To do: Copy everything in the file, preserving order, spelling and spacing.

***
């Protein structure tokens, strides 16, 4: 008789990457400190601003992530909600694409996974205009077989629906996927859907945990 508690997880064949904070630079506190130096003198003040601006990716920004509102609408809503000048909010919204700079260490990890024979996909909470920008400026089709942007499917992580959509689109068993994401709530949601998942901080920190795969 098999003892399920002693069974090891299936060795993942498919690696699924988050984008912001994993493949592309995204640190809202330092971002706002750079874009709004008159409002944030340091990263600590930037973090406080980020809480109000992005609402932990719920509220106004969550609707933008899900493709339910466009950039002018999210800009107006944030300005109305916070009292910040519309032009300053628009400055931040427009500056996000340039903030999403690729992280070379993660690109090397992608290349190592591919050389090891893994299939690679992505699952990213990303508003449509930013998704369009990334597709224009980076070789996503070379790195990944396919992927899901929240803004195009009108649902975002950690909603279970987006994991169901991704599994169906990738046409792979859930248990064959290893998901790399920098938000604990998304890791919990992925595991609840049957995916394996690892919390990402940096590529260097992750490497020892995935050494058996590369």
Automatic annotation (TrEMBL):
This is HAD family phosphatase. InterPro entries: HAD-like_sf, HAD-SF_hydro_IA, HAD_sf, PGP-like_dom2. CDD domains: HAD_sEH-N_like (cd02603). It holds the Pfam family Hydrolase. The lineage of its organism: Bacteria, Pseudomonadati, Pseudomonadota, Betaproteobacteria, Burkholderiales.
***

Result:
């Protein structure tokens, strides 16, 4: 008789990457400190601003992530909600694409996974205009077989629906996927859907945990 508690997880064949904070630079506190130096003198003040601006990716920004509102609408809503000048909010919204700079260490990890024979996909909470920008400026089709942007499917992580959509689109068993994401709530949601998942901080920190795969 098999003892399920002693069974090891299936060795993942498919690696699924988050984008912001994993493949592309995204640190809202330092971002706002750079874009709004008159409002944030340091990263600590930037973090406080980020809480109000992005609402932990719920509220106004969550609707933008899900493709339910466009950039002018999210800009107006944030300005109305916070009292910040519309032009300053628009400055931040427009500056996000340039903030999403690729992280070379993660690109090397992608290349190592591919050389090891893994299939690679992505699952990213990303508003449509930013998704369009990334597709224009980076070789996503070379790195990944396919992927899901929240803004195009009108649902975002950690909603279970987006994991169901991704599994169906990738046409792979859930248990064959290893998901790399920098938000604990998304890791919990992925595991609840049957995916394996690892919390990402940096590529260097992750490497020892995935050494058996590369």
Automatic annotation (TrEMBL):
This is HAD family phosphatase. InterPro entries: HAD-like_sf, HAD-SF_hydro_IA, HAD_sf, PGP-like_dom2. CDD domains: HAD_sEH-N_like (cd02603). It holds the Pfam family Hydrolase. The lineage of its organism: Bacteria, Pseudomonadati, Pseudomonadota, Betaproteobacteria, Burkholderiales.